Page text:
Tom Ross: Super Brees, super ads, super Betty |

Tom Ross: Super Brees, super ads, super Betty

As difficult as it was to get up from the couch Sunday to reheat a plate of nachos during a spectacular Super Bowl between the New Orleans Saints and the Indianapolis Dolts, it was even more difficult to turn our backs on the flat panel during the commercial breaks.

I mean, Drew Brees completed 32 passes during the game and almost all of them were dinks and dunks. Ya seen one, ya seen 'em all.

But there was only one opportunity to watch 88-year-old actress Betty White get pancaked into a mud wallow by an amateur linebacker. White, who is America's most lovable, trash-talking, sexy octogenarian, jumped up from the mud puddle and when her rival shouted, "You're playing like Betty White out there," the silver-haired actress retorted (on behalf of the good folks from Snickers), "That's not what your girlfriend says!"

If you think 88-year-olds are incapable of ribald remarks, check out White's acceptance speech at the 2010 Screen Actors Guild Awards. Her wisecrack about her familiarity with some of the famous faces in the crowd might not get past our family newspaper's censors.

I'm sorry — back to the Super Bowl. How about the Saints' field goal kicker? Isn't he a dependable fellow?

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The real winner of the Super Bowl was Doritos, the company that allowed its customers to choose its final TV commercials for the big game. The ad spot depicting a yellow Labrador retriever removing his anti-barking collar and placing it around the neck of his owner with shocking results was easily my favorite play of the first quarter. Coming in a close second was the dude who faked his own death so he could be shut inside a coffin stuffed with Doritos. When he became overexcited during his own memorial services and tumbled out of the casket, his in-the-know buddy had the presence of mind to leap from the church pews and proclaim, "It's a miracle!"

Here's another miracle. Pepsi, with a proud heritage of highly produced Super Bowl ads (remember Britney Spears as an all-American girl?), declined to part with $3 million for even a single 30-second spot this year. Yet, Doritos is owned by Frito-Lay, and the giant chipmaker's parent is PepsiCo.

What's up with that? Maybe it's because Coke Classic tastes better than Pepsi any day. Or maybe it's because 1 ounce of cool ranch Doritos contains 2 grams of protein and just 8 grams of fat! How about that postgame analysis, Ron Jaworski?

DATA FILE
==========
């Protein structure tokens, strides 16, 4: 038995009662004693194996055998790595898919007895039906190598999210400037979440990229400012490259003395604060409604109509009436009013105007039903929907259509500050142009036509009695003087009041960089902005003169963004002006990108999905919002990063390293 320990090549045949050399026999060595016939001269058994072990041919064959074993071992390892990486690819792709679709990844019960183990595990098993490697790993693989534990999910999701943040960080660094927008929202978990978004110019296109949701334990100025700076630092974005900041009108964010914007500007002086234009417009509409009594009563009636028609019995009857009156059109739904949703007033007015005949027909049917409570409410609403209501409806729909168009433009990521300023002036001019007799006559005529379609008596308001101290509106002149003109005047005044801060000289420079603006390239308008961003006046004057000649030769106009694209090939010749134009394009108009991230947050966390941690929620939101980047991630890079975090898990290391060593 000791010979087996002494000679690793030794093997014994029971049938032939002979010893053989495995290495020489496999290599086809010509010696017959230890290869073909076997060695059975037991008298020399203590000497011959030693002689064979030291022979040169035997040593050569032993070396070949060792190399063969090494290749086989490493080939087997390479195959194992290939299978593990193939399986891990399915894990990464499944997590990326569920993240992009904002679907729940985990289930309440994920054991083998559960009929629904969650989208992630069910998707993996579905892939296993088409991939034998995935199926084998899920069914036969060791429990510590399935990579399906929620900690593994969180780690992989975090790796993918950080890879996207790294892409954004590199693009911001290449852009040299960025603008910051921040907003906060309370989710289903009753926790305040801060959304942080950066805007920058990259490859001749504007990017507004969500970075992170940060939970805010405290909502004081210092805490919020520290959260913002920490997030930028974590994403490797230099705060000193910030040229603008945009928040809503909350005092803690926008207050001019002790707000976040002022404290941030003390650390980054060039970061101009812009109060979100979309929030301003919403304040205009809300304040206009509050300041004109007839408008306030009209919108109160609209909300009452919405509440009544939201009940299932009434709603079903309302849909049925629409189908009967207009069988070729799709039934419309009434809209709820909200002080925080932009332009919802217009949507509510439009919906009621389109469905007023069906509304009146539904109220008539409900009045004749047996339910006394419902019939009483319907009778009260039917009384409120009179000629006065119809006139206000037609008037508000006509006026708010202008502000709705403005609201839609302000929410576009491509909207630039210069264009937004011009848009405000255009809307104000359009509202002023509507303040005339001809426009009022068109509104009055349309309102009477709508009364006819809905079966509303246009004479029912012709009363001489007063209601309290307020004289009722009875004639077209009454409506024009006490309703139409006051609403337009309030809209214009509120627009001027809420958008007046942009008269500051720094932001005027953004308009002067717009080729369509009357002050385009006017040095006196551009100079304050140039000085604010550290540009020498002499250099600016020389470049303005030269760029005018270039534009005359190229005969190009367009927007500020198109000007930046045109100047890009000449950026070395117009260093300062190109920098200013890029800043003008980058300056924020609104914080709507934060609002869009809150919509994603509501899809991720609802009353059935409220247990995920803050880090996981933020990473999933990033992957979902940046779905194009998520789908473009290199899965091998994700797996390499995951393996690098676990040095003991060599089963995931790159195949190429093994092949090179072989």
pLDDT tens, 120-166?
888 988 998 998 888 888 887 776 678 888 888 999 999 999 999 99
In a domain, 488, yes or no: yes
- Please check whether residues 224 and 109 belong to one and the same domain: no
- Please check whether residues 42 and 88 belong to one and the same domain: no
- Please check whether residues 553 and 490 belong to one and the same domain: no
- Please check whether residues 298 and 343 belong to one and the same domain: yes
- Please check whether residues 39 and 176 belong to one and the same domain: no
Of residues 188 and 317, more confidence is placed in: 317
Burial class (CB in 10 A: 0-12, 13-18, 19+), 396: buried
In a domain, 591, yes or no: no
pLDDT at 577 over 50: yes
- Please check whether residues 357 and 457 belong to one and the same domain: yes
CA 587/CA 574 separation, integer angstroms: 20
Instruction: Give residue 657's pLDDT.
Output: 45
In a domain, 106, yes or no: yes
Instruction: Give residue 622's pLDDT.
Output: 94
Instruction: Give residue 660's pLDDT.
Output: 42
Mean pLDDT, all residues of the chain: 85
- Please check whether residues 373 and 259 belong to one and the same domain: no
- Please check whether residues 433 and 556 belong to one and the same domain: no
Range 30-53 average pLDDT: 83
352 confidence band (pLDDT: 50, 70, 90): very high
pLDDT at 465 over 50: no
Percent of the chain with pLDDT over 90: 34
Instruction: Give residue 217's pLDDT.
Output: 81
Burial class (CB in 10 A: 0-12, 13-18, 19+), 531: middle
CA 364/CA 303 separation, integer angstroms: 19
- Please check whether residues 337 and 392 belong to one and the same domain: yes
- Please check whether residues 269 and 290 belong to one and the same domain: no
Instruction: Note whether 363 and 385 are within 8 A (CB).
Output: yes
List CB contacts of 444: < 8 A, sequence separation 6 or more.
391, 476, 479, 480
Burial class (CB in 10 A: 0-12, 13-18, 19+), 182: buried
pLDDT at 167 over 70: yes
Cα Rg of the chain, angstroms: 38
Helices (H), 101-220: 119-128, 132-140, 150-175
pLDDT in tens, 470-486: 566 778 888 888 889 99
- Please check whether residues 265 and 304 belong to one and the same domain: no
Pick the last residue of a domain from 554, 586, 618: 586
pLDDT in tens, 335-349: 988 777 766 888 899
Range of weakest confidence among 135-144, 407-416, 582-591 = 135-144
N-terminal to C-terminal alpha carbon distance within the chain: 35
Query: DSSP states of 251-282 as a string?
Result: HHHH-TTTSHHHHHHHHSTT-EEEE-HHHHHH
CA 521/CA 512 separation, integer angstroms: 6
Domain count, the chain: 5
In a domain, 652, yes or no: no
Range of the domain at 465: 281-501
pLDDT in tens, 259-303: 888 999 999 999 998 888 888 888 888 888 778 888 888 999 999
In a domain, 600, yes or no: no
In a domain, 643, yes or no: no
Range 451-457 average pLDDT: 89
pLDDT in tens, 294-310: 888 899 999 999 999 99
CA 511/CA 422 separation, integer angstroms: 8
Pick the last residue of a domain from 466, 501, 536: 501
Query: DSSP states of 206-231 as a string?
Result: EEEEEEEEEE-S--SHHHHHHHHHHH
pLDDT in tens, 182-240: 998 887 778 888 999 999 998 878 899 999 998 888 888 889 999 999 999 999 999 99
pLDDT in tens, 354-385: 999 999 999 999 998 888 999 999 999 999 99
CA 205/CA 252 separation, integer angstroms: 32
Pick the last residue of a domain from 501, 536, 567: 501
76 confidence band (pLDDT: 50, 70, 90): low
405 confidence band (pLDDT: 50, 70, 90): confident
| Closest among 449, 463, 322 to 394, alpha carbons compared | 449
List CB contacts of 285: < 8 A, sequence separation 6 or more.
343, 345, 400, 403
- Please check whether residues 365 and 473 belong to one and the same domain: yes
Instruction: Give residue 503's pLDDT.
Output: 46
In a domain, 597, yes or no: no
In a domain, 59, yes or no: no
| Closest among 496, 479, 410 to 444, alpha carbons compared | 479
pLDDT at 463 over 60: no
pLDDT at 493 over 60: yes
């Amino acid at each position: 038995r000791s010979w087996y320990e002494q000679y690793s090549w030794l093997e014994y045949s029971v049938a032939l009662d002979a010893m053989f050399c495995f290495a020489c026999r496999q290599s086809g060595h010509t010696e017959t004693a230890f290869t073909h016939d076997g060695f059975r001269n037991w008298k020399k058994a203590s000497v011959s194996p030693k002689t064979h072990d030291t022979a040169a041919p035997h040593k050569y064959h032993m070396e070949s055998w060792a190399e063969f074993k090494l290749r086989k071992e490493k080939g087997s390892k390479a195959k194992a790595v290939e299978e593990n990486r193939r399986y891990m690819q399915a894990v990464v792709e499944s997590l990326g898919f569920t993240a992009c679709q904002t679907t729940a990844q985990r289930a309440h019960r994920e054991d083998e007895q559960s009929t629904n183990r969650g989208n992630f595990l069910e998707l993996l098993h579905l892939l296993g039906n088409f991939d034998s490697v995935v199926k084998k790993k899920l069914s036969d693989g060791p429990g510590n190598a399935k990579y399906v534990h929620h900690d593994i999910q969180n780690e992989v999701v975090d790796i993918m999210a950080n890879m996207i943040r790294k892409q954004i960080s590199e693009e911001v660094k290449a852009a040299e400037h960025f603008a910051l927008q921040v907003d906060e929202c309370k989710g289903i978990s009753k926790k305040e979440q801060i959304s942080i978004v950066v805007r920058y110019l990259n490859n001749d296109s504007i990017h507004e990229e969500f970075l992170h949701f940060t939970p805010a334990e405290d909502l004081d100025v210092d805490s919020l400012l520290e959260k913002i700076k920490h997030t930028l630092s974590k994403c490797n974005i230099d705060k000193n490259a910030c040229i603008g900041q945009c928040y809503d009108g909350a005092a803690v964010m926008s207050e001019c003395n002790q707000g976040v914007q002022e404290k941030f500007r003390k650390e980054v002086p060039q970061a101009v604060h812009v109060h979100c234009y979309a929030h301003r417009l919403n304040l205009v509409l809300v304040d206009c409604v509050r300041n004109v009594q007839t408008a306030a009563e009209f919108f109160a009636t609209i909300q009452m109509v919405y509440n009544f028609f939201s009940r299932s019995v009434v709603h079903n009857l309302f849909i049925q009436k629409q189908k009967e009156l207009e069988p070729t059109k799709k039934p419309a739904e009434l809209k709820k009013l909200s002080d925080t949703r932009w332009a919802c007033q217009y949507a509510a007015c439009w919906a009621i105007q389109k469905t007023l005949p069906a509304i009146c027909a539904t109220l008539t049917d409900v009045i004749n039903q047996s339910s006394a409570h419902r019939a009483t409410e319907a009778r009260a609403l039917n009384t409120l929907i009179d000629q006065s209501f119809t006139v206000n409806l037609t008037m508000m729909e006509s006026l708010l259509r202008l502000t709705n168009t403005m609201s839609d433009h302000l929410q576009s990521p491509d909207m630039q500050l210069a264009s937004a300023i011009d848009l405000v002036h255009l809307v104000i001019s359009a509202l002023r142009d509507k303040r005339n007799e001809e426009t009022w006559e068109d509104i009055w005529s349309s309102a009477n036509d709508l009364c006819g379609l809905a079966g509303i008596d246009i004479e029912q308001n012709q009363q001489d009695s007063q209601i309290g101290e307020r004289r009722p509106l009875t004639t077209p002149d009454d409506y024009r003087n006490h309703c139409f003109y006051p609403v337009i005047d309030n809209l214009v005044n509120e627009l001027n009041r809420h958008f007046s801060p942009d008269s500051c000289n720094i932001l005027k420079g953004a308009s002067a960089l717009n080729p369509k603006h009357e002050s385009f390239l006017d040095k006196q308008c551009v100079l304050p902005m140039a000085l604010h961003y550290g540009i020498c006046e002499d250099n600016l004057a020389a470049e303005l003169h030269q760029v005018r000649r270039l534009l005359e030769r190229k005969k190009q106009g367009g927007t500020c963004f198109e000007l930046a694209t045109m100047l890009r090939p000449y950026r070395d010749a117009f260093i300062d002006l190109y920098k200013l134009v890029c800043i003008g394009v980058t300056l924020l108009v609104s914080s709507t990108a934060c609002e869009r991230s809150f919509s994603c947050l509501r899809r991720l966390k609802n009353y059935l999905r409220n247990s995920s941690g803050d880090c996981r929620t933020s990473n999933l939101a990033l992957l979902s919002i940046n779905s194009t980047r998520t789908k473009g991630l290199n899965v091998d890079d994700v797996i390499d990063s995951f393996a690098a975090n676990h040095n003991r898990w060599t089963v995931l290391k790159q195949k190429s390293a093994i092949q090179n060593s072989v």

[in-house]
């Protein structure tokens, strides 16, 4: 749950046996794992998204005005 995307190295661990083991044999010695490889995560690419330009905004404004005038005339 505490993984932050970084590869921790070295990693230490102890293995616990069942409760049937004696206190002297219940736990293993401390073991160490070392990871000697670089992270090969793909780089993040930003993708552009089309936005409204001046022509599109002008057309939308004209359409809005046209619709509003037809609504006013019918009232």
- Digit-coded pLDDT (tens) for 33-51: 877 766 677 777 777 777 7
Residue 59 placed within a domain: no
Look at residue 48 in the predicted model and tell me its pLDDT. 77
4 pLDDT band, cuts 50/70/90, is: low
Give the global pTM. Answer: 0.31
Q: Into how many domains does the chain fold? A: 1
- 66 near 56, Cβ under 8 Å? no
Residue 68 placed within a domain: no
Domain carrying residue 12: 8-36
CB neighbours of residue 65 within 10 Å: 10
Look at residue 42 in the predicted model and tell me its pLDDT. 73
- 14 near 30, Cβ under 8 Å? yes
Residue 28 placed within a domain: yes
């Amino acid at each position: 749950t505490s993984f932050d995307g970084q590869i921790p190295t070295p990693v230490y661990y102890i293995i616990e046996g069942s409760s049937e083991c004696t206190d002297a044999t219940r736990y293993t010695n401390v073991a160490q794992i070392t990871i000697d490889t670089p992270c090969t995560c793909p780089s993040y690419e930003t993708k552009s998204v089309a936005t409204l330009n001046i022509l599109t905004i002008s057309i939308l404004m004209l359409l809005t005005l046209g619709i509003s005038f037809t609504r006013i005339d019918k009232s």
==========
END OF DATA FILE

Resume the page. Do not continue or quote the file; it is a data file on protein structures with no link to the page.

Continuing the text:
Actually, Pepsi officials insist they shelved their Super Bowl campaigns in favor of a social responsibility campaign. That's a tough claim to make stick when you're in the business of selling sugar water sweetened with high-fructose corn syrup.

I think we all can agree on the lamest Super Bowl commercial. It was based on a handful of aging Chicago Bears (and a bunch of extras) trying to recreate their Super Bowl Shuffle performance from 25 years ago. What were the folks at Boost Mobile thinking? What is Boost Mobile? Is it a pre-paid phone service?

All of the sexy come-ons from should have been left in the last century — they didn't even make sense.

I'm not certain how the brilliant green police ads are going to sell cars for Audi, but they certainly succeeded in skewering contemporary society while making us laugh out loud.

Hey, I'm not a big fan of breakfast at Denny's, but their flock of chickens, panicked by the thought of free Grand Slam breakfasts for everyone in America, were a complete hoot. Tell me you laughed.

For sheer brilliance, you have to hand it to the ad agency that dreamed up the Super Bowl ad for Google. The 60-second commercial (they may have received a volume rate and been charged just $5 million) was called "Parisian Love."

The commercial comprises an extended Google search that follows the course of a presumed nice-guy bachelor we never actually see as he transitions from searching for the best place to study abroad, to looking for a café near the Eiffel Tower, then searching for a chocolate shop, then asking for a translation of the phrase "tu es mignon" (or something close to that), searching for jobs in Paris, booking a flight and ultimately seeking instructions for assembling a baby's crib.

It was charming, and it succeeded in reminding all of us that Google has a great translation service.

I wonder if Betty White is on Google right now searching for a massage therapist, or perhaps a good stuntwoman.

Come to think of it, you really do have more than one opportunity to see Betty White absorb a bone-crushing tackle. You can watch her get splattered over and over again. All of the Super Bowl commercials are posted on YouTube. What are you waiting for? Google it, Romeo.

— To reach Tom Ross, call 871-4205 or e-mail